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There has been much debate about agency staff ‘bankrupting the NHS’ or ‘holding NHS trusts to ransom’, but how true is this? And has the introduction of the cap on the hourly rates payable to staff supplied through an agency had any impact on agency spend? Tahera Khan from DAC Beachcroft explains.
Monitor and the NHS Trust Development Authority (TDA) announced that from 1 February 2016 the amount of money that NHS trusts could pay per hour for agency staff would be reduced.
· In September 2015, NHS trusts were set individual expenditure caps for agency nursing staff.
· In November 2015, caps on the hourly rates paid for all agency staff were introduced (set at 150 per cent above basic pay for junior doctors, 100 per cent for other medical and all other clinical staff, 55 per cent for non-clinical staff).
· The caps on hourly rates were further reduced on 1 February 2016 (to 100 per cent for junior doctors and 75 per cent for other medical and all other clinical staff, remaining at 55 per cent for non-clinical staff). The caps fell again on 1 April 2016 to 55 per cent above basic pay for all agency staff.
· There is a ‘get-out clause’ for NHS trusts which need to exceed the cap on ‘exceptional safety grounds’. These shifts must, however, be reported to Monitor and the Trust Development Authority on a weekly basis.
· From 1 April 2016, allagency staff had to be procured through Monitor and Trust Development Authority-approved frameworks.
· The caps on hourly pay rates will extend to ambulance trusts from 1 July 2016.
· Compliance is a condition of access to the Sustainability and Transformation Fund.
Impact of the cuts
What have we established about the effects of the caps to date? Broadly speaking, the information points to only small successes in enforcing even the more ‘generous’ early caps.
Figures published in the Nursing Times state that 85 per cent of acute NHS Trusts that responded to their Freedom of Information request had exceeded the nursing cap since it was introduced. More than 20 NHS trusts had exceeded the cap for more than 100 shifts a week.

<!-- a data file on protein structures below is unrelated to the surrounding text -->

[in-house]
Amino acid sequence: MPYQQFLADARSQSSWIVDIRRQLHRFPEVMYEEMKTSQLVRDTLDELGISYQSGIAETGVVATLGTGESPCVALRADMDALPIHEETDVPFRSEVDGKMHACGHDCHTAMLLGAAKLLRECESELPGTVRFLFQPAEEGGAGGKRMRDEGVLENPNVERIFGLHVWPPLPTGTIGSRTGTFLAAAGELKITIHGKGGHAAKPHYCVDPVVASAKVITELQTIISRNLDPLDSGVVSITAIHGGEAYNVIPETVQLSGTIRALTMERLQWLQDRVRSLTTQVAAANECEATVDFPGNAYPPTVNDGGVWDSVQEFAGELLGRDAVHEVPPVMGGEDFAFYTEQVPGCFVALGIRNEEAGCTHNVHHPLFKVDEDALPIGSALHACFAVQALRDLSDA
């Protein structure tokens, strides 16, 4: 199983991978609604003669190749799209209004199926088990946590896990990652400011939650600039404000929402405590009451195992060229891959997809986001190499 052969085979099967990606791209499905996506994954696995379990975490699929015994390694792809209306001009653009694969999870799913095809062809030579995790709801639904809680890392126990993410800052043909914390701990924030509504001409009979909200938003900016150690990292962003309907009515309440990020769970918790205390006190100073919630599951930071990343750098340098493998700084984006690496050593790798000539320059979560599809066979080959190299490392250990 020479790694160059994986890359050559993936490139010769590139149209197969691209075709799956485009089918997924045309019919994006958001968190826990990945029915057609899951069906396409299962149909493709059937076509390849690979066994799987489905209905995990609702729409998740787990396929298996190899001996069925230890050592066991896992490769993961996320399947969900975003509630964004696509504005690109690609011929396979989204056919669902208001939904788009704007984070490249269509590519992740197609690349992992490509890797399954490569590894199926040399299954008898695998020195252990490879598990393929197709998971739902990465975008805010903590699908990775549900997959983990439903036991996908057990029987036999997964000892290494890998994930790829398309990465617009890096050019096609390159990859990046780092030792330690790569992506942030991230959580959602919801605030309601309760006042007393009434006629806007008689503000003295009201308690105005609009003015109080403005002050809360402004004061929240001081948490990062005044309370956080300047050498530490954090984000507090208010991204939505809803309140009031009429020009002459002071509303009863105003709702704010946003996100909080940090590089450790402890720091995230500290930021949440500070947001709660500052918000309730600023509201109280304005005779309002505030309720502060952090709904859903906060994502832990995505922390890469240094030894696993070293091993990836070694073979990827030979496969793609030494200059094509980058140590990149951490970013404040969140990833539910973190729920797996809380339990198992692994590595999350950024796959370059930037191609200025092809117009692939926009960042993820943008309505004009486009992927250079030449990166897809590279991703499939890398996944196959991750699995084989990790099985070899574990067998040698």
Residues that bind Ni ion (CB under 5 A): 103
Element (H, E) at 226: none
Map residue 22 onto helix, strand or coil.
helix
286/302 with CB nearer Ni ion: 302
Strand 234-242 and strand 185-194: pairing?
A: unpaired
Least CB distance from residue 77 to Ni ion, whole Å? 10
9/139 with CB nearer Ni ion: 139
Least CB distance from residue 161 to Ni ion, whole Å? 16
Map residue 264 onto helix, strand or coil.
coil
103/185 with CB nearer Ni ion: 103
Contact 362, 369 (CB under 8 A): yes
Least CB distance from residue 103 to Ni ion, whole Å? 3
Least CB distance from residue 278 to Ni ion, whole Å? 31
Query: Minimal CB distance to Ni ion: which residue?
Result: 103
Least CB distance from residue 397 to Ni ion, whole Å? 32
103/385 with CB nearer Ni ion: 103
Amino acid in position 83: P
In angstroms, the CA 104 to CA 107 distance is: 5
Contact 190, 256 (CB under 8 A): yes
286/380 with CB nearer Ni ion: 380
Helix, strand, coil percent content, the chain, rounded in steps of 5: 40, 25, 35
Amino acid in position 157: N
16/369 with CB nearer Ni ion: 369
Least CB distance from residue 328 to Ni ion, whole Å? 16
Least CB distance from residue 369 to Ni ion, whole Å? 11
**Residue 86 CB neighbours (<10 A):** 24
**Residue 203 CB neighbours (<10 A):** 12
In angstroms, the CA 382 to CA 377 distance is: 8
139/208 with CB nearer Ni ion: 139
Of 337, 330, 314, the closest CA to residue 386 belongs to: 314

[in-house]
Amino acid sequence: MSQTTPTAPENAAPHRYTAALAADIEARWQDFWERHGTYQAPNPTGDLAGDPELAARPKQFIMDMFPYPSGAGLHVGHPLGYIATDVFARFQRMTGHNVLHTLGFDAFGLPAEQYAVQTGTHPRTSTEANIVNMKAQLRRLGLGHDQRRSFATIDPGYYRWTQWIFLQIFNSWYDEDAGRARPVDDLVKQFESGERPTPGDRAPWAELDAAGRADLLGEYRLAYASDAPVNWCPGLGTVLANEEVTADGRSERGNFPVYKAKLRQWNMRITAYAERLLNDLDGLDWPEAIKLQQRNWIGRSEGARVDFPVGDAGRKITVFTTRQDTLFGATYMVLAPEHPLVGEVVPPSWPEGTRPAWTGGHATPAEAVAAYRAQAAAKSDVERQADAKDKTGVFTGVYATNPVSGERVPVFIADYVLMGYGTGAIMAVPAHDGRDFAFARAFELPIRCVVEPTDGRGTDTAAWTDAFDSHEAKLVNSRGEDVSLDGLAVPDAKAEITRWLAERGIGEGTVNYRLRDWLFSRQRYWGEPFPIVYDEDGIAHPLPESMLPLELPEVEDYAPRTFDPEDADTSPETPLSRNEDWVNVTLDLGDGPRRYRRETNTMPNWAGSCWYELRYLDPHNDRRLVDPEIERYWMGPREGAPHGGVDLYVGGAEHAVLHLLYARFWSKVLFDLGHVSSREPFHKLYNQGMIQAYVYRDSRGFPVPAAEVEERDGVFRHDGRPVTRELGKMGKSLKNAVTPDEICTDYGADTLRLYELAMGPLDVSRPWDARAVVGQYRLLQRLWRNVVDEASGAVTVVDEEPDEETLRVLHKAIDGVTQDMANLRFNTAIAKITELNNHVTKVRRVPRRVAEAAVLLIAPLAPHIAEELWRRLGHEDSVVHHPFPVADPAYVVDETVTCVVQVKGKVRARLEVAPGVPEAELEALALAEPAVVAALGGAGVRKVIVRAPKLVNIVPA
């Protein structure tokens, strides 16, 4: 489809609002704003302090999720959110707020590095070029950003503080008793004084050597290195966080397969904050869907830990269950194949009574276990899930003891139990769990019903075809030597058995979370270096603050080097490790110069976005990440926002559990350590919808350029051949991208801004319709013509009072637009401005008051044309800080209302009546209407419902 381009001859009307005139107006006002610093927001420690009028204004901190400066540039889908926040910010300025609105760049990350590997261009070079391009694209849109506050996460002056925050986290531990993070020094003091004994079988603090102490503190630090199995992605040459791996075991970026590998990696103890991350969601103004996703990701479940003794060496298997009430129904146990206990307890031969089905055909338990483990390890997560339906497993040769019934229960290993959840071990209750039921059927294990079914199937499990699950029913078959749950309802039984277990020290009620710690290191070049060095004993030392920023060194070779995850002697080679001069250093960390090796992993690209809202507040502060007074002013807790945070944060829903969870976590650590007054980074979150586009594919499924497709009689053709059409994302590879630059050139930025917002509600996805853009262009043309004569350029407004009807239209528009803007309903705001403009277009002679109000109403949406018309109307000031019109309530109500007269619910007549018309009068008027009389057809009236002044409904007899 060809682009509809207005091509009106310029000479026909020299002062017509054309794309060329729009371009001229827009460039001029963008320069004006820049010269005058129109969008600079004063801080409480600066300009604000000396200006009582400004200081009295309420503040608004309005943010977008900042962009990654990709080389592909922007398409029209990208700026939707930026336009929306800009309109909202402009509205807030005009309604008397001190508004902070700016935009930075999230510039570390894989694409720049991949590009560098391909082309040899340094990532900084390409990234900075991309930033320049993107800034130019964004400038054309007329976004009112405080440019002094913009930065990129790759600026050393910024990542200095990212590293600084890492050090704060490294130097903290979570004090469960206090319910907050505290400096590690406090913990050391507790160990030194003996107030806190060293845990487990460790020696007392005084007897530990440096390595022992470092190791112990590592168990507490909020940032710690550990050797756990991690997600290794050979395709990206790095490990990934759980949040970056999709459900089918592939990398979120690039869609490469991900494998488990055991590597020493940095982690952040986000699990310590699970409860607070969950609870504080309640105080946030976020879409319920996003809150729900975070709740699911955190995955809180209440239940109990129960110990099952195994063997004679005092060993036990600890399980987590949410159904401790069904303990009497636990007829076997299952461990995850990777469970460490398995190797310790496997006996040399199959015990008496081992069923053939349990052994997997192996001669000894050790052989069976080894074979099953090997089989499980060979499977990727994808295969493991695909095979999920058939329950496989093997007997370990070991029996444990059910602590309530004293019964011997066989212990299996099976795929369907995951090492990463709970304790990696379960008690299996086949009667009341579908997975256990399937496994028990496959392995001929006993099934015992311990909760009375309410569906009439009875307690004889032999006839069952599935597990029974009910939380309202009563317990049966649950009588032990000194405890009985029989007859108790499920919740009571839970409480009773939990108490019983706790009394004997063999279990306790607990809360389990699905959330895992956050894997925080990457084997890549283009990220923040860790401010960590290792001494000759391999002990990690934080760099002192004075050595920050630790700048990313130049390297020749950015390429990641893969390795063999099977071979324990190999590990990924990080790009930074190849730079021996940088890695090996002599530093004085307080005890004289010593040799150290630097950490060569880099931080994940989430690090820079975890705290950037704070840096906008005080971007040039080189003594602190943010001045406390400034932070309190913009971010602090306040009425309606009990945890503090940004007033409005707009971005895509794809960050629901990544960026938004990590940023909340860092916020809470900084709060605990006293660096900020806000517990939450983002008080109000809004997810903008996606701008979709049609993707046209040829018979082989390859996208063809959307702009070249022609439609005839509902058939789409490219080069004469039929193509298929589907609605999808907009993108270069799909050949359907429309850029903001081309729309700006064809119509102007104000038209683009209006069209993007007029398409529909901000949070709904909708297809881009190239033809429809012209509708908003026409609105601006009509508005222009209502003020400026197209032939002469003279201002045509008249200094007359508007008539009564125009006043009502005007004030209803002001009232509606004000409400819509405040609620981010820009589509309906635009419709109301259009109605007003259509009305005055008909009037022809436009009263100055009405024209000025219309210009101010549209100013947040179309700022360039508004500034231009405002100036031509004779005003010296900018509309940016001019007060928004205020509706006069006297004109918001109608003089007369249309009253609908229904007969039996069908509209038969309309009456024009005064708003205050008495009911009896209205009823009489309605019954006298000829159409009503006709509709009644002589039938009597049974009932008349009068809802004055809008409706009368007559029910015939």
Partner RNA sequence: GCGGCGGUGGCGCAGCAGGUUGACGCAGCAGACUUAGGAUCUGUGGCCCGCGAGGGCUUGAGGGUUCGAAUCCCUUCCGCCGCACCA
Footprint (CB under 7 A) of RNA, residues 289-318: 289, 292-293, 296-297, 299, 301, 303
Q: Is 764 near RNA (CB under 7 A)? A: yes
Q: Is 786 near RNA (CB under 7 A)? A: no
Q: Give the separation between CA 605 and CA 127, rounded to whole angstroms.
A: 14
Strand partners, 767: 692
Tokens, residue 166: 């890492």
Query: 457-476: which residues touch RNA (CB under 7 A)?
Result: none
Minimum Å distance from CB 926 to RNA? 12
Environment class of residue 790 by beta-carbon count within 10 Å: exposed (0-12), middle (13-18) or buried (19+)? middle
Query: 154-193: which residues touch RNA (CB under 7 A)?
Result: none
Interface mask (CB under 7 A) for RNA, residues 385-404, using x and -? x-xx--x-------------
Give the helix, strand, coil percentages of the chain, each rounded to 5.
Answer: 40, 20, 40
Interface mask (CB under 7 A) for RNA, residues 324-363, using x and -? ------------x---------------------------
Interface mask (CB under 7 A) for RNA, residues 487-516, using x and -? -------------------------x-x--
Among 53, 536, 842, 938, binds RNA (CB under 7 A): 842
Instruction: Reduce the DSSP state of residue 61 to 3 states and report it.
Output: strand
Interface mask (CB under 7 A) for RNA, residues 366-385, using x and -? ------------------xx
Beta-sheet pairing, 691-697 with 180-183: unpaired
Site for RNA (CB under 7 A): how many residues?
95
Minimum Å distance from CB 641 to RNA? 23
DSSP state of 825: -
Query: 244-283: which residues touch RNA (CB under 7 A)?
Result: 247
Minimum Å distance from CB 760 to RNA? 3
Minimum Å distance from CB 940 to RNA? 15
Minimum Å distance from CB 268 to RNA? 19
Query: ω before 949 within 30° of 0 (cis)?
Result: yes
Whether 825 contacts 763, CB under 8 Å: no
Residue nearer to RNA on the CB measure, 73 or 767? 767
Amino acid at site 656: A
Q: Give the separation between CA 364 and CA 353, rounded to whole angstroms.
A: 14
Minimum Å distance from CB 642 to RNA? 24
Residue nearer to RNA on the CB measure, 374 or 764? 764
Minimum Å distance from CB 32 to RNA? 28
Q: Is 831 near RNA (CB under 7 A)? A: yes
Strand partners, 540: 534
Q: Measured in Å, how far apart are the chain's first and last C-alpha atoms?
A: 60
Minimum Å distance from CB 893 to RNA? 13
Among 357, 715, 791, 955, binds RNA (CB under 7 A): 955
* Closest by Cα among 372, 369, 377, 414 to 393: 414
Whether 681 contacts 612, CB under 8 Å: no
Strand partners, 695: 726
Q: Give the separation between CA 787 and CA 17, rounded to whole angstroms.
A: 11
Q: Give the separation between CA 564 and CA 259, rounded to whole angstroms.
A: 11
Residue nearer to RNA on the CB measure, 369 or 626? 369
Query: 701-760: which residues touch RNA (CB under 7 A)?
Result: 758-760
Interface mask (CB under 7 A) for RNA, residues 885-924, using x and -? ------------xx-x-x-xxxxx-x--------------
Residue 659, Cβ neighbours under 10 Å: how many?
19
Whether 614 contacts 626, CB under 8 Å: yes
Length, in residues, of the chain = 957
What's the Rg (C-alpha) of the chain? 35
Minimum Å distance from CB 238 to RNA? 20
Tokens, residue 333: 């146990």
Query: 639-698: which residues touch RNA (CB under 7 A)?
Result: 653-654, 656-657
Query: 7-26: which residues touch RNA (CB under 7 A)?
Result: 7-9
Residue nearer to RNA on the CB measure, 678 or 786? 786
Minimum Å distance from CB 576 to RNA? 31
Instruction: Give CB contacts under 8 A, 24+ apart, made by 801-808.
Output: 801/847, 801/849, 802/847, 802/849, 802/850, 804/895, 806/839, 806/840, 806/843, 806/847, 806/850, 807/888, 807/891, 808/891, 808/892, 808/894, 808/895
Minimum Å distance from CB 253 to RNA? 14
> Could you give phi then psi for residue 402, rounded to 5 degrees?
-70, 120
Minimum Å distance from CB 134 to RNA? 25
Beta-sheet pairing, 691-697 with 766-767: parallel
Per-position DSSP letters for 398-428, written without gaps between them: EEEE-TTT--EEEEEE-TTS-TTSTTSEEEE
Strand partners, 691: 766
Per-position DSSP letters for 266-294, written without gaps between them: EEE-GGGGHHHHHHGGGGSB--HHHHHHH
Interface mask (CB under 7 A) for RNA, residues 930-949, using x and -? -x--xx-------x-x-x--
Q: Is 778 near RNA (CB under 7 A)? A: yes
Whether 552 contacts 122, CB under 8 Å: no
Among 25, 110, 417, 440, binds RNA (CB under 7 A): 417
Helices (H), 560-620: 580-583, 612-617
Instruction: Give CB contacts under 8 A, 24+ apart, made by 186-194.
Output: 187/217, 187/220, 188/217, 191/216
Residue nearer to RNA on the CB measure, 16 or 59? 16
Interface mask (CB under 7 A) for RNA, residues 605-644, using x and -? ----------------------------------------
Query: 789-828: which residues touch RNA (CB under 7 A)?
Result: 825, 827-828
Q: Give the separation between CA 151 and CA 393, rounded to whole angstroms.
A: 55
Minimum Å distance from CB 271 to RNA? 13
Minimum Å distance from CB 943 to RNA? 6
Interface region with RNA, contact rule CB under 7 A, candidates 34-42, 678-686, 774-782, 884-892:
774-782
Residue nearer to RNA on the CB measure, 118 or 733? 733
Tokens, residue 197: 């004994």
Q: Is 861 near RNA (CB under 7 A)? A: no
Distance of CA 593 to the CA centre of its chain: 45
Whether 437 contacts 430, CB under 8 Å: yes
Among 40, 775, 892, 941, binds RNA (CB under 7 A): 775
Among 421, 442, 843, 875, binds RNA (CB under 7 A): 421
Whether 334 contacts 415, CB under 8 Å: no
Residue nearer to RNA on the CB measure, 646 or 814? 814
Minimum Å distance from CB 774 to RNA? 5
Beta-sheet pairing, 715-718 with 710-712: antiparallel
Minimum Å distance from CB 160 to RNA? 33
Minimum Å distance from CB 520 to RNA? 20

The UK's largest recruitment firm, Hays, has said that jobseekers are shying away from posts in the NHS after the cap has been introduced. Alistair Cox, chief executive of Hays, reported pre-tax profit up 7% to £82.4m in the second half of 2015, on the back of 8% like-for-like growth in fees to £396.9m. Hays' fees in the United Kingdom had increased by a more modest 3% and Mr Cox said this was partly down to weakness in the public sector. “We saw a slowdown in the use of temp workers in public sector amid the caps that have been introduced on salaries for workers in the health service,” he stated.
Mr Cox specifically alluded to the drop in agency workers' pay as the primary reason for the drop in public sector job market, and said: “People are taking themselves out of the labour pool because the salary is not commensurate with unsociable hours they’re being asked to work."
The conclusion is that in the future there may be two scenarios: the optimistic view is that NHS trusts will be better able to operate in accordance with the measures as the job market adjusts to new, lower rates of pay for agencies and for their staff across the NHS. Alternatively, if the caps are not adhered to on a widespread basis and the majority of providers breach the caps because they cannot operate within them, the credibility of these measures and any future decisions to further tighten the rates may be called into question.
The major risk is of course that the cap fails to address the underlying issue of shortage of permanent staff. NHS Trusts have increasingly been forced to rely upon expensive temporary staff to fill vacancies because they simply cannot recruit sufficient permanent staff. Only time will tell whether that problem will be exacerbated by the number of agency workers walking away from the less attractive NHS rates of employment or whether, as staff get used to the rates of pay, they will return to the NHS.
DAC Beachcroft LLP, Manchester